Virtual reality (VR) therapy has helped more than 1,000 people overcome their anxiety, according to Ken Graap, CEO and president of Virtually Better, which designs and markets VR programs in Decatur, Ga. “The idea that we want to produce is the feelings and emotions of the fear and have the person deal with it,” says Graap, who emphasizes that VR is only part of a person’s therapy.

Patients typically go through eight sessions; each lasts about 45 minutes and costs $150.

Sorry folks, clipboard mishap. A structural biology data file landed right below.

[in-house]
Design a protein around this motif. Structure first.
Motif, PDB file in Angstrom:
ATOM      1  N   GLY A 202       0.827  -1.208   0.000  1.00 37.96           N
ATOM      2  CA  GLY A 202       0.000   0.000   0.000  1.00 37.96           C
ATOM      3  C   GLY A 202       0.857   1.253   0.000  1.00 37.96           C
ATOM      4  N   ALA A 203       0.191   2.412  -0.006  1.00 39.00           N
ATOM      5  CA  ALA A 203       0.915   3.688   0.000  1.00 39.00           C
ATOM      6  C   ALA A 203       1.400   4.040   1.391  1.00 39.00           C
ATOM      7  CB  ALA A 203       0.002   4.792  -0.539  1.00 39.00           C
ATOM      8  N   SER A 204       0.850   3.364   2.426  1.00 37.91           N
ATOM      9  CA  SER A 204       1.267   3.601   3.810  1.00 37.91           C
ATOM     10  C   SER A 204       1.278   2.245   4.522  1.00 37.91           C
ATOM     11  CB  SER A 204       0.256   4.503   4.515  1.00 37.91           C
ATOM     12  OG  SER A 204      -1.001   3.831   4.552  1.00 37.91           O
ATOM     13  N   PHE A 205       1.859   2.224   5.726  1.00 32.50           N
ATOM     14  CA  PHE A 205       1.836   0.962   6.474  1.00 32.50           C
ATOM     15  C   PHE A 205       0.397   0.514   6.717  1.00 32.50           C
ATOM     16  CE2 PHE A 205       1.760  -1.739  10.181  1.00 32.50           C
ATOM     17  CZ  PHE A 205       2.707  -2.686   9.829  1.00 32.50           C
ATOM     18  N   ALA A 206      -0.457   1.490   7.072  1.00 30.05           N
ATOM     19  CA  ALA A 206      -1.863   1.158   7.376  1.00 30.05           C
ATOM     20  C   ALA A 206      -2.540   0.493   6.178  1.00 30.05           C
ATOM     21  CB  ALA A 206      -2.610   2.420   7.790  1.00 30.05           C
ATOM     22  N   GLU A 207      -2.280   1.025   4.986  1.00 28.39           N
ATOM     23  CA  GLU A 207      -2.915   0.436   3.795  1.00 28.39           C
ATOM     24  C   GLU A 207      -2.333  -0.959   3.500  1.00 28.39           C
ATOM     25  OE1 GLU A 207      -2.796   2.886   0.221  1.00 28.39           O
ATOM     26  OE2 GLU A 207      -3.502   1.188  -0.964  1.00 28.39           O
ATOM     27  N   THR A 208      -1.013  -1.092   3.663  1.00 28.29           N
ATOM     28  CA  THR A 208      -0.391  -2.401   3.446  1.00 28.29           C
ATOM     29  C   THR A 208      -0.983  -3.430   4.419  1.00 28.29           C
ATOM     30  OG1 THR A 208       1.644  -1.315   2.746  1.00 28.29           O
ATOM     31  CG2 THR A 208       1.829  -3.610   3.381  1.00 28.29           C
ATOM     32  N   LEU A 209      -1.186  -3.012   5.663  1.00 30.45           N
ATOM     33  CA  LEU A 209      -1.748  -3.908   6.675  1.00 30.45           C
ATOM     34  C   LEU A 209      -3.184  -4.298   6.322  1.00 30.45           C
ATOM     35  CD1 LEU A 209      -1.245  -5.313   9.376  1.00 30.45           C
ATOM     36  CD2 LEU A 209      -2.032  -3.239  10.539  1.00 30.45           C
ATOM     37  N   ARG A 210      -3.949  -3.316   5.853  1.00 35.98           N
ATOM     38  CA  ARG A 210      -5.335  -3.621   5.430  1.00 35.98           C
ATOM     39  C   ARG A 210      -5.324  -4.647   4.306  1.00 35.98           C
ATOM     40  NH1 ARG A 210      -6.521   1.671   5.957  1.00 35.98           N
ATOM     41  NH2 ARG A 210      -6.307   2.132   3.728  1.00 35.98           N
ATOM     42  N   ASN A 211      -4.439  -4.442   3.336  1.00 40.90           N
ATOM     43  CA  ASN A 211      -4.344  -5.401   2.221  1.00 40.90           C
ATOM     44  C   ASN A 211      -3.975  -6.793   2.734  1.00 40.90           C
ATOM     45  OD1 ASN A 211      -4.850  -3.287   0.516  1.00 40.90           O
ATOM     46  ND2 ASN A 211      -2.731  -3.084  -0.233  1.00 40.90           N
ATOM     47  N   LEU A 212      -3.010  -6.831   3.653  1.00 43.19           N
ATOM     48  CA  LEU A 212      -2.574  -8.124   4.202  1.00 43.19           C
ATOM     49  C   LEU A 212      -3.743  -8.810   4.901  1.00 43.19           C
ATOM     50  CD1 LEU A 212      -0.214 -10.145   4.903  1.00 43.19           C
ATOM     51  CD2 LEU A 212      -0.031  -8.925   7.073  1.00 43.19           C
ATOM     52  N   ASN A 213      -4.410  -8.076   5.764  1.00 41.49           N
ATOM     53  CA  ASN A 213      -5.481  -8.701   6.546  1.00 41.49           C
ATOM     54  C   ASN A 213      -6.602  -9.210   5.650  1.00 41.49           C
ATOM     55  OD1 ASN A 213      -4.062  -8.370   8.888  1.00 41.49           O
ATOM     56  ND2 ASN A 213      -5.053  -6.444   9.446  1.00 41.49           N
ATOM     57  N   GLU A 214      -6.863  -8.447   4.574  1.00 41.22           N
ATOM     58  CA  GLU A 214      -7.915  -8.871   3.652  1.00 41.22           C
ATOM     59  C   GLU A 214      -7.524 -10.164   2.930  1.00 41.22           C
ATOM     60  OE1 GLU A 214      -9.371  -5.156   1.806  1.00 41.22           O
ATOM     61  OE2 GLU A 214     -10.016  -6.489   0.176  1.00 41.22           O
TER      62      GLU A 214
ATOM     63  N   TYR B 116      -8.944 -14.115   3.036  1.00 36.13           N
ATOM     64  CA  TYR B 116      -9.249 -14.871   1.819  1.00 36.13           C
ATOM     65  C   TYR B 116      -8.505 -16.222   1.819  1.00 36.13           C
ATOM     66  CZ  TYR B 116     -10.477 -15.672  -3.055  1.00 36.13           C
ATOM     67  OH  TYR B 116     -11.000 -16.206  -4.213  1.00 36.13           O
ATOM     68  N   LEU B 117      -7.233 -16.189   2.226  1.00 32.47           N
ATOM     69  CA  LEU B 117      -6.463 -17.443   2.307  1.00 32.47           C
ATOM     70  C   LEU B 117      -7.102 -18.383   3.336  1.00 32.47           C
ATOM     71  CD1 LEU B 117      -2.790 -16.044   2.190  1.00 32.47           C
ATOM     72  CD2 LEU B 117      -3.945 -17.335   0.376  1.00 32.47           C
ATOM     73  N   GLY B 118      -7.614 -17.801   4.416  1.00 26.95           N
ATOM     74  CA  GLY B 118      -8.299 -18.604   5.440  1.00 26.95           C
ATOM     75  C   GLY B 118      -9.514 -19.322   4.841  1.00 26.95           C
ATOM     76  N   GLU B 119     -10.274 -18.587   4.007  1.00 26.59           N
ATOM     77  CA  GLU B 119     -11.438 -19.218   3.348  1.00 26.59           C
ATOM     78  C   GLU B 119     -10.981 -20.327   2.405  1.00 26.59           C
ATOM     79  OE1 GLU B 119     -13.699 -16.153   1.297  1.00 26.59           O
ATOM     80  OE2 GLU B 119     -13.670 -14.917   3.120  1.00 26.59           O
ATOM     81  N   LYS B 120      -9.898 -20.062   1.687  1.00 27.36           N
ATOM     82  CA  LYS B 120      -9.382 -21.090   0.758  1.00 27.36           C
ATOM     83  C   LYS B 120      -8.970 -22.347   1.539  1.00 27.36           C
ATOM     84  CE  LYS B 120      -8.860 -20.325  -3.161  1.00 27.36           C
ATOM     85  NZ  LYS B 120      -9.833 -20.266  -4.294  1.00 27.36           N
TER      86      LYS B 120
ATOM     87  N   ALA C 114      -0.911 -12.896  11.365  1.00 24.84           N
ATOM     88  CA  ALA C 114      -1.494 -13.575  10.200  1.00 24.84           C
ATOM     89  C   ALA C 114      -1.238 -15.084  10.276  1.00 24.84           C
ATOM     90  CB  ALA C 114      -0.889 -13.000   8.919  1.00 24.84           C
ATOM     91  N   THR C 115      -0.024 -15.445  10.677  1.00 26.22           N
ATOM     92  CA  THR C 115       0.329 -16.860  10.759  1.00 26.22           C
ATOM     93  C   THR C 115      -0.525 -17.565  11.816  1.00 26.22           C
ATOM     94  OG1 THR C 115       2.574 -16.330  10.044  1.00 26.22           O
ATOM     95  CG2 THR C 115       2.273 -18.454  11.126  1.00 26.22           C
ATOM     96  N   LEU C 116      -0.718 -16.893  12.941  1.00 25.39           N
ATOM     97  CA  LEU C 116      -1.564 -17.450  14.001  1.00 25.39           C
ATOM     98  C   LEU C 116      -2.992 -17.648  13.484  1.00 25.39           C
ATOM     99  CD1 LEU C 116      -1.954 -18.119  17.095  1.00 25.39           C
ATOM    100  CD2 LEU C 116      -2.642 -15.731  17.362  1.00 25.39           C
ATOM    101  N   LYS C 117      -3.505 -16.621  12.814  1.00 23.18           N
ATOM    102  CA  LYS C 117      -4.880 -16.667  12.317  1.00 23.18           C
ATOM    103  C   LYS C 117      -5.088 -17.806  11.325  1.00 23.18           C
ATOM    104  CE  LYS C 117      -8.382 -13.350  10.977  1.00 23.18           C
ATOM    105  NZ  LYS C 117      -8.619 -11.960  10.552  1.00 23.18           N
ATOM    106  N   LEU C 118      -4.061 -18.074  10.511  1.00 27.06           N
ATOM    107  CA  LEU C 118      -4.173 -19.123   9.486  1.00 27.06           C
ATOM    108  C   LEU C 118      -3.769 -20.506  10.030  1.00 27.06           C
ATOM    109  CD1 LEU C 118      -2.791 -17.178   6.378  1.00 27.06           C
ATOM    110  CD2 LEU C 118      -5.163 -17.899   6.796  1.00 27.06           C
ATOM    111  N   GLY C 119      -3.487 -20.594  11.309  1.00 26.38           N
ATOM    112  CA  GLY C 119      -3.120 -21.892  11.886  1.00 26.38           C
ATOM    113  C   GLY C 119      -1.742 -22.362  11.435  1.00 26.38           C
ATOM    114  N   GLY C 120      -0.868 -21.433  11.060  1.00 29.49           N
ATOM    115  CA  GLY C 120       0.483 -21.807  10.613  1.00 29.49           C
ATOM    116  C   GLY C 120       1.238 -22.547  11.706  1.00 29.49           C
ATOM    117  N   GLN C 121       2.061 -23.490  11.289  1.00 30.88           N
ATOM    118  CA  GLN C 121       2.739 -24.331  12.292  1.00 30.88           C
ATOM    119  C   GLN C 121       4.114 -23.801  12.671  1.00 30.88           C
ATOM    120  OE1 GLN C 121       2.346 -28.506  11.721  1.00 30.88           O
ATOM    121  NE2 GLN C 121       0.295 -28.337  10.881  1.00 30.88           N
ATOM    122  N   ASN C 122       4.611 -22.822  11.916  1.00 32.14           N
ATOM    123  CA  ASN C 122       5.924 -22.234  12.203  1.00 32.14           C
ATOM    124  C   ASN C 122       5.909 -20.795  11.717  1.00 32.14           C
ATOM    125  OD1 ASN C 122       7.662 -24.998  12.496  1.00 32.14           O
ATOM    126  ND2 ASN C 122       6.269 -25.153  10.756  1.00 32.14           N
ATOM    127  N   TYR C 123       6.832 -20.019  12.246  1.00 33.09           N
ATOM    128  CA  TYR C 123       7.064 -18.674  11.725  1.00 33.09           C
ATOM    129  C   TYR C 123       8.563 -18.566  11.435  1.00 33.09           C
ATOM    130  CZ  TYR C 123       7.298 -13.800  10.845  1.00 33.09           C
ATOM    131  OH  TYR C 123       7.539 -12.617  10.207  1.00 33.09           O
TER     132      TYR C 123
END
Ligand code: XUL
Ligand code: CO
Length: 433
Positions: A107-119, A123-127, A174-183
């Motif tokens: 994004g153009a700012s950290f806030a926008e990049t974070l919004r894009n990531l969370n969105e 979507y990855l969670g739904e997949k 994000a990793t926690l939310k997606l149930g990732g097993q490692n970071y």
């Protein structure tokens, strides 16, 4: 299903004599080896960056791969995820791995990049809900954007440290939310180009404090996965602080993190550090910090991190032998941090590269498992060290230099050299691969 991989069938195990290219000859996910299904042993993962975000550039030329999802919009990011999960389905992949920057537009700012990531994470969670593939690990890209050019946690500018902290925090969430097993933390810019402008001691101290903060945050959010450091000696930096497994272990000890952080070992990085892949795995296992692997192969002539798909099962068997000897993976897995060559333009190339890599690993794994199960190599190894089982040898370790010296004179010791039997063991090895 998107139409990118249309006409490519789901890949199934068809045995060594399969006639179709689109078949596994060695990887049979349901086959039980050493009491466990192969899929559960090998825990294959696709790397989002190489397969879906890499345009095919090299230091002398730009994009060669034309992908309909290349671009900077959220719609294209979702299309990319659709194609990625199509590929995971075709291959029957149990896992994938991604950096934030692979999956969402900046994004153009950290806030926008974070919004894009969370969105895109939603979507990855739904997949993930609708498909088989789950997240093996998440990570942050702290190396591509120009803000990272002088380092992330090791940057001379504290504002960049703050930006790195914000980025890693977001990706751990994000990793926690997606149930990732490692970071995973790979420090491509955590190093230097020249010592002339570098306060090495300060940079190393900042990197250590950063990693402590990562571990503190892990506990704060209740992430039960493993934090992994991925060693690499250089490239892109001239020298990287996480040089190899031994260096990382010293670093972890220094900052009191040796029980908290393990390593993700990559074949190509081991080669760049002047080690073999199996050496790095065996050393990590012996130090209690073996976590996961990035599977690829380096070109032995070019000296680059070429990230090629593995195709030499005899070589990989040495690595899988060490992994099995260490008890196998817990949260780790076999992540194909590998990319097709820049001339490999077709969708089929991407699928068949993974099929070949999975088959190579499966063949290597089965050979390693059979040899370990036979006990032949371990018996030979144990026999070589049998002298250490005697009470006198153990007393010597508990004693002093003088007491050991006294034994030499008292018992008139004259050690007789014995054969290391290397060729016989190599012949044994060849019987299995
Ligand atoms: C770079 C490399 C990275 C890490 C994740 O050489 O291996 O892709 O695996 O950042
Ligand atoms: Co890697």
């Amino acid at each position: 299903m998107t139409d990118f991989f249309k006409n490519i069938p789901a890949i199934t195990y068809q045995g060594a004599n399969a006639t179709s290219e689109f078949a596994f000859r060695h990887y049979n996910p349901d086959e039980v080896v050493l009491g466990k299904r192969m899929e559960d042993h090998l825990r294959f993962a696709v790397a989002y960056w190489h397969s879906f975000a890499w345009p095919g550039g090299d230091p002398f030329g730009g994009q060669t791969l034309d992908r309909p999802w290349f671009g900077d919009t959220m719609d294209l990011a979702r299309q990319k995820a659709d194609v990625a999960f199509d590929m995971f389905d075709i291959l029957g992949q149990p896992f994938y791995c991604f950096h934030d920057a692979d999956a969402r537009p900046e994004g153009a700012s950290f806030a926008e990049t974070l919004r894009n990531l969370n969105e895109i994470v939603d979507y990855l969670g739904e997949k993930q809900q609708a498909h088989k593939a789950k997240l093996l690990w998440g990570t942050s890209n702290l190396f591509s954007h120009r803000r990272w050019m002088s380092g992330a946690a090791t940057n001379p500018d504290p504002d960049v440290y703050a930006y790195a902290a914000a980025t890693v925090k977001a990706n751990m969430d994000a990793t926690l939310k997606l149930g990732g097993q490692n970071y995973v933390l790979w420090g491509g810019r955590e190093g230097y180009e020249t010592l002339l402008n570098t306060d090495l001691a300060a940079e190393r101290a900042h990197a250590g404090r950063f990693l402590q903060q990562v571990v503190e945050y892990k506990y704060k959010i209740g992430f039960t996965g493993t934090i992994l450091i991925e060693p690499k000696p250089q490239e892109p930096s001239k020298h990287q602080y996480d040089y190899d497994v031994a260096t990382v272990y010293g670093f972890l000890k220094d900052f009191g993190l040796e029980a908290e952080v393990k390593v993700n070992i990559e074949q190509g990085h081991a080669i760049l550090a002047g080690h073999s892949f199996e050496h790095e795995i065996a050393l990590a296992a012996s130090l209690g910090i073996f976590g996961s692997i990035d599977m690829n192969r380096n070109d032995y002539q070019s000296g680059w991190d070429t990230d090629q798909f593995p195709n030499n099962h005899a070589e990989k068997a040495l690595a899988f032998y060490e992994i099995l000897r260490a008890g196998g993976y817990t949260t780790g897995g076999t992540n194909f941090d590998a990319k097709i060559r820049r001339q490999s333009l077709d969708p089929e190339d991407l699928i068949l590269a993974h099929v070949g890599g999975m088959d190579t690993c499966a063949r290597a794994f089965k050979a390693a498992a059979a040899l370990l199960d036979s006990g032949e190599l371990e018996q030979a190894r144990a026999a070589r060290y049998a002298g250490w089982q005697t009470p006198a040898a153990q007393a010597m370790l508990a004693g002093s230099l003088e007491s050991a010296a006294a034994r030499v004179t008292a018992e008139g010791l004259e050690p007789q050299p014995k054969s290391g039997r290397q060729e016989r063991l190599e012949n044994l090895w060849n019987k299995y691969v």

In the initial sessions, patients talk about their feelings and practice relaxation exercises. Later on they undergo “exposure therapy”—a patient with a fear of flying, for example, uses VR to help re-create what it’s like to be on an airplane. Therapy would end with the patient actually getting on a plane.